Nine basic financial skills no young adult should leave home without


Money Matters on Campus is a study of the financial knowledge of new college students across the country. Over 40,000 college students (91 percent of which were first year students) were surveyed recently regarding their past financial education and current fiscal behaviors. The results were a little troubling.

Over 40 percent of respondents said they didn’t feel prepared to manage their finances. Meanwhile, 25 percent admitted that they continued to spend as normal, even when their bank accounts were nearly emptied out, and another 12 percent said they never checked their bank accounts because they were too afraid of what they’d see there.

College sometimes feels like the void between childhood and adulthood, but once a young man or woman graduates high school and heads off to start their next stage, they're adults and they need to be able to manage their own financial affairs. With that in mind, consider the following a checklist of sorts. These are the things young adults need to know before they shuffle off to their respective dorm rooms and try to live on pizza and Cheerios for the next four years.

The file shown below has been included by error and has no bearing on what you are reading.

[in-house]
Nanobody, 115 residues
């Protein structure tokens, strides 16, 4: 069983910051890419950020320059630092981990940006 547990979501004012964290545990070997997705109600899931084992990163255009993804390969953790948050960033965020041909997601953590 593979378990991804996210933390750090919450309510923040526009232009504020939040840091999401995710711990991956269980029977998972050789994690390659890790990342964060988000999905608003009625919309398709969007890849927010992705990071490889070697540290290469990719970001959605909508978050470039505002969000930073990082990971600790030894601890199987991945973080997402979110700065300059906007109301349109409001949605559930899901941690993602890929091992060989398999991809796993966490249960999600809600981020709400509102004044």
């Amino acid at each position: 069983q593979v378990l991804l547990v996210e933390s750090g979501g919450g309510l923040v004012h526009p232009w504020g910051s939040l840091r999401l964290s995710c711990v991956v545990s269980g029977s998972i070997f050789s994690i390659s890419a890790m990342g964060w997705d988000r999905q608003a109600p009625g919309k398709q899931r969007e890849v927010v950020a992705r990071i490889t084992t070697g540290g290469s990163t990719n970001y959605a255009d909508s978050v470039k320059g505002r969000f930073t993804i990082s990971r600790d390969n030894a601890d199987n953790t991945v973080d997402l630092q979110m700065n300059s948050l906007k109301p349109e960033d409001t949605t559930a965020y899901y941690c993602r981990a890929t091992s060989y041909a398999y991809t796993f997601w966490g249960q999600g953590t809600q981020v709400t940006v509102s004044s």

How much money they have and how to access it. True story: after graduating from college, I met a guy my age who had money, but had no idea how much or how to get it. His mother wrote checks to his roommate, who cashed the checks and gave the cash to the guy. It seemed phenomenally stupid to me at the time, and guess what? It’s still stupid now. Before your son or daughter leaves home, make sure they know what accounts they have, how to view those accounts, and how to get money out of those accounts. It sounds simple (it is simple), but don’t take it for granted.

How to read a bank statement. This is a digital, mobile age, so today’s high school graduates probably won’t look at too many paper bank statements in their life. Whether they're reading a monthly statement or checking an app daily, however, it remains vitally important that they understand what they’re looking it. Get them in the habit of reviewing their accounts regularly and make sure they can understand the information they’re reviewing.

How to maintain a simple budget. Budgeting has a tendency to get increasingly complicated as you get older and start accounting for mortgages and retirement savings and all that good stuff. For a recent high school graduate, however, the basics should suffice. In its most basic form, a budget is just a plan for your income. Teach kids to think about how their purchases impact one another – how $20 here is $20 you won’t be able to spend there.

How to separate want from need. One of the sharpest reality checks you receive when you become “independent” is the realization that your needs are no longer being taken care of by someone else. When you’re young it’s easy to spend money on wants, because you don’t really have to spend money on needs. In that transition into full-on adulthood, a lot of young adults put themselves in a bad financial position because they continue to put their wants before their needs. If you can help your children understand the difference between the two before they leave home, they’ll be in a much better position to succeed.